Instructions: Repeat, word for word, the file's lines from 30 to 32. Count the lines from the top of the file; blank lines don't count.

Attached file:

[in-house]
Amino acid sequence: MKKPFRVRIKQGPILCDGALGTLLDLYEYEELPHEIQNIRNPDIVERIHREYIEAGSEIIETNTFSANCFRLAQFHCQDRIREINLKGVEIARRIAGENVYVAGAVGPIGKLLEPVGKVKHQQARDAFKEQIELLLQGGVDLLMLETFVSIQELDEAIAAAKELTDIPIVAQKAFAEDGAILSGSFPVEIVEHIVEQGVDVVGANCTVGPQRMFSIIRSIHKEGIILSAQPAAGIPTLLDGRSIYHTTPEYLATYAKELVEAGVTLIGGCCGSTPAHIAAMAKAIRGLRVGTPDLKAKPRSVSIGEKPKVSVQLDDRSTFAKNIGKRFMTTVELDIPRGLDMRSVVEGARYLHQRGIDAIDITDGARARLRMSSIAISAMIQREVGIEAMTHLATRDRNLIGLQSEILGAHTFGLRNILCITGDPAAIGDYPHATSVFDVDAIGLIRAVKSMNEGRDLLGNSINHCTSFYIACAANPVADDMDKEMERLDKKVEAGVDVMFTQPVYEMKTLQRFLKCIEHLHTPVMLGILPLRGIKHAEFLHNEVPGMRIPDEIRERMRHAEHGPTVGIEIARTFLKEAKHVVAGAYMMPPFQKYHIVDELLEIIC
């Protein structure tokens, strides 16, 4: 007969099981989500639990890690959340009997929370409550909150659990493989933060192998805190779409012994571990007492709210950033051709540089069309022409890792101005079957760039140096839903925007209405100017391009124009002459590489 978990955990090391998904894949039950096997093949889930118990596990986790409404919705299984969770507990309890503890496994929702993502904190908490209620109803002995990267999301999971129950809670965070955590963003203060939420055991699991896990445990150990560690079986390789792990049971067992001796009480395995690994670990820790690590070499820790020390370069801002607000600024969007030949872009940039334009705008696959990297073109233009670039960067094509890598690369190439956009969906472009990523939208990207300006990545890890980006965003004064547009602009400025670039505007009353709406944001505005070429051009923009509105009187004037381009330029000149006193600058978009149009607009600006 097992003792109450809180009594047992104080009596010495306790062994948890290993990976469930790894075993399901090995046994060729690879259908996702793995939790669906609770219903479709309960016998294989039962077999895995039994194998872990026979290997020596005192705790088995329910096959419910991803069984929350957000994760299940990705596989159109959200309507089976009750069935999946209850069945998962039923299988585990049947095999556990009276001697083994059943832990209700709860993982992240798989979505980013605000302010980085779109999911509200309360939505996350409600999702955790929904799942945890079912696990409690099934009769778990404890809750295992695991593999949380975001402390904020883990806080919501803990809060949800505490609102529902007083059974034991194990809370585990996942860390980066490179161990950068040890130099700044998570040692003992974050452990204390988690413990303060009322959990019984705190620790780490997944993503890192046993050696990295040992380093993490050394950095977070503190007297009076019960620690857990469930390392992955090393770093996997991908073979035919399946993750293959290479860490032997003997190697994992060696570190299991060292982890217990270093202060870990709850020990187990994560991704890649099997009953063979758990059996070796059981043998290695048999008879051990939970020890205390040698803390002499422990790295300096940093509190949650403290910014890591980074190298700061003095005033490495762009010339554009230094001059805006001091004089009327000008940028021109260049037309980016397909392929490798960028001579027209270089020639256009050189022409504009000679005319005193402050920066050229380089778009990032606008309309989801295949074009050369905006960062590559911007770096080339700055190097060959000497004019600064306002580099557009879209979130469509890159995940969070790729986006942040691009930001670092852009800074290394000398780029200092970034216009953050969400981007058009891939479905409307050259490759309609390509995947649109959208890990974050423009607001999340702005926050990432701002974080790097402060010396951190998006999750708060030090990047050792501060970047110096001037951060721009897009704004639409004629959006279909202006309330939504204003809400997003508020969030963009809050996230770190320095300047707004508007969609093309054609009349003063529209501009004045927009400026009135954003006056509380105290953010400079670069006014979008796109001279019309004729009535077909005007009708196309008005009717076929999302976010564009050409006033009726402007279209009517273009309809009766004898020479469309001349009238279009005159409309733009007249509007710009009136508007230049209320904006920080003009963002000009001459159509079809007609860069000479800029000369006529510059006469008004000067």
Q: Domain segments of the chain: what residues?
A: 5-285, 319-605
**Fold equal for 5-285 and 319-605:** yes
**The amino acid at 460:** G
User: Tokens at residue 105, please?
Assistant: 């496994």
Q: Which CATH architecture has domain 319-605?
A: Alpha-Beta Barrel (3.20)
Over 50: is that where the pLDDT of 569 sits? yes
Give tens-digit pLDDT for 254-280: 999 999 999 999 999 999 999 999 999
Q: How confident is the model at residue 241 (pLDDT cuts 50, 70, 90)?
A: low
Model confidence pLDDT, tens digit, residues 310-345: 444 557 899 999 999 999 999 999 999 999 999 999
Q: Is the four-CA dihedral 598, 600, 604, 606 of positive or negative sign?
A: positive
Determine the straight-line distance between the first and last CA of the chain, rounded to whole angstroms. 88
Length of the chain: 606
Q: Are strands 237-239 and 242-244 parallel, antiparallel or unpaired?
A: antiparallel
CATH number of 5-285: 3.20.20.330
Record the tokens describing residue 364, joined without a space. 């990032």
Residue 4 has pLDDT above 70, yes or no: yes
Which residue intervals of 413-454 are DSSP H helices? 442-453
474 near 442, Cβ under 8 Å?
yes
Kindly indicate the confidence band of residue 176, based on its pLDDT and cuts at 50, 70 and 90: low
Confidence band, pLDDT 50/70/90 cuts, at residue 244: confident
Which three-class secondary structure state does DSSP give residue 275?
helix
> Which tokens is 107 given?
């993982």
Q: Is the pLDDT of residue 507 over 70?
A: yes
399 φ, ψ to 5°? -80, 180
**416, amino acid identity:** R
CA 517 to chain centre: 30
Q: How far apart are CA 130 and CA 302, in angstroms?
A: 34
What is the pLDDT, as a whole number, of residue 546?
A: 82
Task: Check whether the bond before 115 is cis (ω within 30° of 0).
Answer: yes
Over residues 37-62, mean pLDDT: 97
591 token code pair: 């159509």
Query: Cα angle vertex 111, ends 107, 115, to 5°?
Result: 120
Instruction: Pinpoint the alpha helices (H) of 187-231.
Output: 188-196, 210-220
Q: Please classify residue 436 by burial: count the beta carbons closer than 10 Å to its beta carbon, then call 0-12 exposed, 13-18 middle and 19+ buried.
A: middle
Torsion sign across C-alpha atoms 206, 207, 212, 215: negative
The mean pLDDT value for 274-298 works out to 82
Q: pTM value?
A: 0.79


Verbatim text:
Confidence band, pLDDT 50/70/90 cuts, at residue 244: confident
Which three-class secondary structure state does DSSP give residue 275?
helix